I have been reading a lot of theories recently which have been used to explain the phenomenon of widespread social media use, and the nature of that use (as you will probably be aware, the growth rate of social media adoption has been exponential in recent years).
One of these theories in particular caught my eye: social loafing.
Essentially, the act of social loafing occurs when an individual exerts less effort to achieve goals when working within a group context than they do when working alone. This can be a negative thing for virtual communities, and for online social networking generally, given that social media relies on content being created and shared by members of those communities. When you think about it, would Facebook be viable if nobody shared anything on their wall or posted any status updates? Of course, it is easy to be cynical about self-aggrandising behaviour, endless dinner photographs, or wistful ‘I can’t get to sleep/I missed my train again’ soliloquies. But really, they are the lifeblood of social networking sites.
The idea of social loafing also draws parallels with the concept of the “lurker”, a term most prominently associated with online discussion forums (or messageboards), and which refers to somebody who monitors content without ever actually making a personal contribution. Lurkers are attracted by the information which is available on the forum, but face an unknown barrier to actively becoming involved in the community. However, research does suggest that they are less likely to trust the benevolance, or the integrity of other users within the community.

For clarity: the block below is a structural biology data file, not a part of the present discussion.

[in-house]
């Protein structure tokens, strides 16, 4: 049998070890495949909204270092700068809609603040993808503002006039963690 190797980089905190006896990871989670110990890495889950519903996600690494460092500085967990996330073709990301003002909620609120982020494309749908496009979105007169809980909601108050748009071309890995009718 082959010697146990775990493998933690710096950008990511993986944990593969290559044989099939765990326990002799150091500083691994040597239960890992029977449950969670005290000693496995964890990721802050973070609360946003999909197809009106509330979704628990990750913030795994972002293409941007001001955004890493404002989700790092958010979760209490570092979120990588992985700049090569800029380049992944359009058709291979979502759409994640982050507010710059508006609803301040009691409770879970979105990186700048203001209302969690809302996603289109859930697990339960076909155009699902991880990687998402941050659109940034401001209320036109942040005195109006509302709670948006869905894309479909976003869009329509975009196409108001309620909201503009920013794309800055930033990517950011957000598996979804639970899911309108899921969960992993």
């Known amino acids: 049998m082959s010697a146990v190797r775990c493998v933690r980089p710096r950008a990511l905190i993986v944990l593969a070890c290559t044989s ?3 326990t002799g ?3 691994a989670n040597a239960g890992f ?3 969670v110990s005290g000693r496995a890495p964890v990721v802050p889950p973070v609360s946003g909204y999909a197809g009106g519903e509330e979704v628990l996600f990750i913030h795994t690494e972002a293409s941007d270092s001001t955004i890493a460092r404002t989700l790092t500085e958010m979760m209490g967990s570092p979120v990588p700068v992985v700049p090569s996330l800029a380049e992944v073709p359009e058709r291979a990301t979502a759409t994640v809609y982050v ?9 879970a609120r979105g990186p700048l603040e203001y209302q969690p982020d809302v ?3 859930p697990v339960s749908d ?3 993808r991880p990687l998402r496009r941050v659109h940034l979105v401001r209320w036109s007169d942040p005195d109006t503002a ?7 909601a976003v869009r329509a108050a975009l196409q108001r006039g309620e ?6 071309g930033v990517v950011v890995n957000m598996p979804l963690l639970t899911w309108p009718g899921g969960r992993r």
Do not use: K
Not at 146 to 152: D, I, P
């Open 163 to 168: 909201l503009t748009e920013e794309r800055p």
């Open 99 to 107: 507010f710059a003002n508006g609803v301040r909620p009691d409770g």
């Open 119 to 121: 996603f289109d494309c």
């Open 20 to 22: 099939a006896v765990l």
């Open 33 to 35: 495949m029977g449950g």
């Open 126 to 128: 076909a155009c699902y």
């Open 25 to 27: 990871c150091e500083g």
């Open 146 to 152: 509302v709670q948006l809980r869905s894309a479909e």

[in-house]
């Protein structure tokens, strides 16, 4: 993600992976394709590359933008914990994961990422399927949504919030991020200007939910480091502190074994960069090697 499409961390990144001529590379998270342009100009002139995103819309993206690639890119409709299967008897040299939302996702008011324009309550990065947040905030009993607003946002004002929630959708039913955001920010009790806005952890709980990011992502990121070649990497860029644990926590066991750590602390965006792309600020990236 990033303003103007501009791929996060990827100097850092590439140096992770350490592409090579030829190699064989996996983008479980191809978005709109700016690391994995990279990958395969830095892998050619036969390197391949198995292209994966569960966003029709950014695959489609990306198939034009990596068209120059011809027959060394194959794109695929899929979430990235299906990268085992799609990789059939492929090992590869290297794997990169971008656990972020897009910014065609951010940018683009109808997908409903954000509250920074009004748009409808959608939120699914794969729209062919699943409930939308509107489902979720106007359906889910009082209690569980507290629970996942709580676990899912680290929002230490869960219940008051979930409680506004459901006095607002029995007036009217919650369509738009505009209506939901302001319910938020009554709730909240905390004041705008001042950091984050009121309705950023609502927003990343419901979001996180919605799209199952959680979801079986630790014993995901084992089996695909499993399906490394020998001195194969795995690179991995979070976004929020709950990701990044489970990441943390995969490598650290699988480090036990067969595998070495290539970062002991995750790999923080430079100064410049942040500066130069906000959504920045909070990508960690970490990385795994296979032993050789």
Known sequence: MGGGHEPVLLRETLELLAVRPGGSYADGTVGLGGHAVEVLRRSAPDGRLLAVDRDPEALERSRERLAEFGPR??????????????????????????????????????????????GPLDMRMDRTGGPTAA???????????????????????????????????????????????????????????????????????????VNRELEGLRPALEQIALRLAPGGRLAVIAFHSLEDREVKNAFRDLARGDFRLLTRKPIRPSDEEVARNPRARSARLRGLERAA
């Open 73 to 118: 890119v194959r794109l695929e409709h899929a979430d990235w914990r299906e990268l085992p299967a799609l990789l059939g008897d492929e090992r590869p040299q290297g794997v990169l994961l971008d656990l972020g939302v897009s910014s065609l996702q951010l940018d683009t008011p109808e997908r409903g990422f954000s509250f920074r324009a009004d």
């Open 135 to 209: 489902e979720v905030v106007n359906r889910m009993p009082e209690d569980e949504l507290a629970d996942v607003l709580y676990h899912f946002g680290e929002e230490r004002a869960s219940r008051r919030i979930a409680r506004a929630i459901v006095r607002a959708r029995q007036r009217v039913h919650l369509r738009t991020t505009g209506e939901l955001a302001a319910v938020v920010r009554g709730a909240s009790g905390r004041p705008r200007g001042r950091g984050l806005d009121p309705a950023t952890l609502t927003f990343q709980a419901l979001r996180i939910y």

So what does this all mean? Is it a good or a bad thing?
Well, it’s hard to say, but it certainly creates an interesting situation.
Before online networking became widespread, people would have been forced to access information derived from their informal social capital resources via face-to-face communication, or by telephone/mail. Now though, social networking sites give you the opportunity to to access your social capital instantly, directly, and across geographical boundaries.
And whereas previously buidling new social capital would have involved a concerted effort of socialising and attending events, now you can set up a Twitter account (anonymously even), and follow people from all over the world at the click of a button. You can connect with people who are experts in their field, expounding valuable pieces of knowledge pertaining to your direct informational need.
As for discussion boards, in many cases you don’t even have to bother setting up a profile to view topic threads. Looking for a job or employment information? There are forums available where the general public are continually providing assistance which could be relevant to your situation.
Of course, there are several caveats to all of this. For example, how do you know when to trust the information which is essentially coming from other human beings? This requires a good deal of critical thought on the part of the user. Also, whilst lurking/loafing on social media has the potential to lead you to some very interesting and beneficial resources which would have been otherwise difficult to access (without breaking into houses or tapping telephone lines), getting information tailored directly to your circumstance is likely to require you involvement on some level, by way of asking questions.
In summation, social media tools provide an ideal platform for social loafing behaviour, if the user knows where to look, and who to follow. Unfortunately though, such behaviour does little to add to the community, or to group cohesion.